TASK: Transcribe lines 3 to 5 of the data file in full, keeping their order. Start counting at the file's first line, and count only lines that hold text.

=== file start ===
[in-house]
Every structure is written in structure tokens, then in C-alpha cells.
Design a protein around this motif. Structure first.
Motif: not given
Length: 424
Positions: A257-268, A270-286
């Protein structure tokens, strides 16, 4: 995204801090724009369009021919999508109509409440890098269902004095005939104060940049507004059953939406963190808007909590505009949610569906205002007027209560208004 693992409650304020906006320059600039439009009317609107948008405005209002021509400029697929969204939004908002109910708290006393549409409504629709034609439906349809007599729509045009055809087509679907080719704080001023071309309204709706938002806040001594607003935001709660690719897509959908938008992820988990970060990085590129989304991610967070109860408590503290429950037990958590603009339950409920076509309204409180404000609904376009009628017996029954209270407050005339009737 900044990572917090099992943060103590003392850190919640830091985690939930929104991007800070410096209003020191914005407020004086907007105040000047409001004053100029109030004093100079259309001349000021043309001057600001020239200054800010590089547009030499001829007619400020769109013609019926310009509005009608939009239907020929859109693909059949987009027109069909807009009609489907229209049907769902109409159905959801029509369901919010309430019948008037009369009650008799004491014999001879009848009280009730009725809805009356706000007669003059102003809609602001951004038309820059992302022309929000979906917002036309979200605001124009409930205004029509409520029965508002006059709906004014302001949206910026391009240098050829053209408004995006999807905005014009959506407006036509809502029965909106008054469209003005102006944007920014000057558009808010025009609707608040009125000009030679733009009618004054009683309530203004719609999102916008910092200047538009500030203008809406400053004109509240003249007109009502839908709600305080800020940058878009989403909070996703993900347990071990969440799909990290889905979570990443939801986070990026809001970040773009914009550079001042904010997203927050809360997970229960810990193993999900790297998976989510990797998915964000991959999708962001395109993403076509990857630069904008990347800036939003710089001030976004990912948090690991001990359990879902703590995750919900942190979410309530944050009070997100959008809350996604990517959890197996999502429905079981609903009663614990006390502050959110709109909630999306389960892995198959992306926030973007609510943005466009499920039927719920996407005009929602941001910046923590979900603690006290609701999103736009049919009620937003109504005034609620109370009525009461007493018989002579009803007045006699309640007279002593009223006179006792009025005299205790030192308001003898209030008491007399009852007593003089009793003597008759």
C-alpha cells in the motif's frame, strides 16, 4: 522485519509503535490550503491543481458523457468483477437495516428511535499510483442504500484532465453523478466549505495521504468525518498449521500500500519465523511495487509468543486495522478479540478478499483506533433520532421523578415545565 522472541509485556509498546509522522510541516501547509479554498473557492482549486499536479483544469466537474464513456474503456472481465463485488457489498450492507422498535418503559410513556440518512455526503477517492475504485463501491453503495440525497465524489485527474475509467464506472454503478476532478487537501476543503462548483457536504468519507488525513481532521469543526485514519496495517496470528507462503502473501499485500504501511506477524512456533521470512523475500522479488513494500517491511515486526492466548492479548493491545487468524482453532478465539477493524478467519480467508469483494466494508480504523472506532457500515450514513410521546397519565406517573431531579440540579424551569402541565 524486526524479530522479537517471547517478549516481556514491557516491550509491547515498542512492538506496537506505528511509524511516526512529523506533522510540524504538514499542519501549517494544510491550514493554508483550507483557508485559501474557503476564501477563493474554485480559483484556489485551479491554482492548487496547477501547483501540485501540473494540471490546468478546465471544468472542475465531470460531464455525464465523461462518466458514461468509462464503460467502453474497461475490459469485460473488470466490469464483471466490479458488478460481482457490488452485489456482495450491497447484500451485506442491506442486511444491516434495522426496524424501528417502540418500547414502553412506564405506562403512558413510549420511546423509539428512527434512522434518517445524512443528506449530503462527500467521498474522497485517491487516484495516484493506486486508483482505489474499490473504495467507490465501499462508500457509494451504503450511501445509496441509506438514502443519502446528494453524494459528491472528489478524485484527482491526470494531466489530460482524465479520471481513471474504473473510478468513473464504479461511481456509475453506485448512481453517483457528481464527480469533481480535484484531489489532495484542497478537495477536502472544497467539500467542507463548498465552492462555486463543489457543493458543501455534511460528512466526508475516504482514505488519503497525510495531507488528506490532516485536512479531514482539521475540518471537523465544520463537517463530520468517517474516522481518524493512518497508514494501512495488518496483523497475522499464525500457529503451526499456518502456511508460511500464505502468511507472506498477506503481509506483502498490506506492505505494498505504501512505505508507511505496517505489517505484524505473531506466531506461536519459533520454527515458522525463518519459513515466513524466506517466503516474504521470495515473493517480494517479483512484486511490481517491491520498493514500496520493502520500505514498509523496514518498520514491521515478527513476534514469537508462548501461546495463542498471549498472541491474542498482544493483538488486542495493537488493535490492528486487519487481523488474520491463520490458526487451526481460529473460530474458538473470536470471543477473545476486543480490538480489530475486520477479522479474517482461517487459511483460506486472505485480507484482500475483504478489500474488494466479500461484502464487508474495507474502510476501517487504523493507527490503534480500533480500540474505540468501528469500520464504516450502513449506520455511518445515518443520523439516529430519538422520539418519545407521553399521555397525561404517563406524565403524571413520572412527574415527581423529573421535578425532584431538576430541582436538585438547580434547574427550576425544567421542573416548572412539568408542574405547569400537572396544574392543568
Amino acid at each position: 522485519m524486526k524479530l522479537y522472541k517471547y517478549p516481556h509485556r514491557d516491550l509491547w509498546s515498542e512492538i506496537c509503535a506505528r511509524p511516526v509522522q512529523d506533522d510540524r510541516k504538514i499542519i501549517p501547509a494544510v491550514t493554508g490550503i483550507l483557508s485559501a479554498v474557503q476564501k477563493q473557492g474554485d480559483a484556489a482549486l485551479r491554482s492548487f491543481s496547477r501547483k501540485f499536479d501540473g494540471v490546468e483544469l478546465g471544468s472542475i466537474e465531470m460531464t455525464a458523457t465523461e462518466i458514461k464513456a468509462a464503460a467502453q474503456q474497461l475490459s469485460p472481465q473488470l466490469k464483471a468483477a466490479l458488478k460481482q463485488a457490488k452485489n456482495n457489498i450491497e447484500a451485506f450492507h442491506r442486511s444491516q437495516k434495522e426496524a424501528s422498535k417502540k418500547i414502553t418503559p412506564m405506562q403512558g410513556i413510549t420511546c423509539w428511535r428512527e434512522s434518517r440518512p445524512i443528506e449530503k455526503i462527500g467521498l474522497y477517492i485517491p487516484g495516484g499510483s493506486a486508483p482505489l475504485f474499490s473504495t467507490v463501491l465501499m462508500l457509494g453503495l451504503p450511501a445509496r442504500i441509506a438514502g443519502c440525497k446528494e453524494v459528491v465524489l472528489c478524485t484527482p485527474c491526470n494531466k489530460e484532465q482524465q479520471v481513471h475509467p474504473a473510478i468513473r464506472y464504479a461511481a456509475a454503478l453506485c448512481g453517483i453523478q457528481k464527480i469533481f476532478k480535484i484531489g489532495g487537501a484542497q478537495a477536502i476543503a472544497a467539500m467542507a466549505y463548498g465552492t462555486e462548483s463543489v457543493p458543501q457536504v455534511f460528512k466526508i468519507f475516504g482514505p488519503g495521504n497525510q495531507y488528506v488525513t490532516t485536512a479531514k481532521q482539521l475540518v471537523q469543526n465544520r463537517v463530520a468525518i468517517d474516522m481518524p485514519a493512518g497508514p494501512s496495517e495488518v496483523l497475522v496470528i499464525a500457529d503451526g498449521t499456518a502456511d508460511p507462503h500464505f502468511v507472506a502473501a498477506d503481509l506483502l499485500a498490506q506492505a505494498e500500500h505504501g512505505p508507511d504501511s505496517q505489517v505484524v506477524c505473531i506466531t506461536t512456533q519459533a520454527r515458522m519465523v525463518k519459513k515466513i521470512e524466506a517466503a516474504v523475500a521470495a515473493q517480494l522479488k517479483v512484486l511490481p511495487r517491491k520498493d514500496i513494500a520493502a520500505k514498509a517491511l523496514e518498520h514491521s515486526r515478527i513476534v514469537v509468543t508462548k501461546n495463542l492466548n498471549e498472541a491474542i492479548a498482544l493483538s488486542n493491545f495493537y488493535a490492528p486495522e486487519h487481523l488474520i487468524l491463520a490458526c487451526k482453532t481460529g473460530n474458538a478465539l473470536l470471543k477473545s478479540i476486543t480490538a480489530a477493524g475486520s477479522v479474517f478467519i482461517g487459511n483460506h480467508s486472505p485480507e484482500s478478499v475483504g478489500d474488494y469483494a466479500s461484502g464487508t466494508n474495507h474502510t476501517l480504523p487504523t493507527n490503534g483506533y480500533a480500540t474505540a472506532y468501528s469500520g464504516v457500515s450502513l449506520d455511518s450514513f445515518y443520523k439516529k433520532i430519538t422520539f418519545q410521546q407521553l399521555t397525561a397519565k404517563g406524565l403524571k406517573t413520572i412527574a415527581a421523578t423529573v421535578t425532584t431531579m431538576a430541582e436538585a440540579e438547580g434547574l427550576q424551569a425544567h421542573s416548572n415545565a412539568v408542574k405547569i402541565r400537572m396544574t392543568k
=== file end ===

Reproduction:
Design a protein around this motif. Structure first.
Motif: not given
Length: 424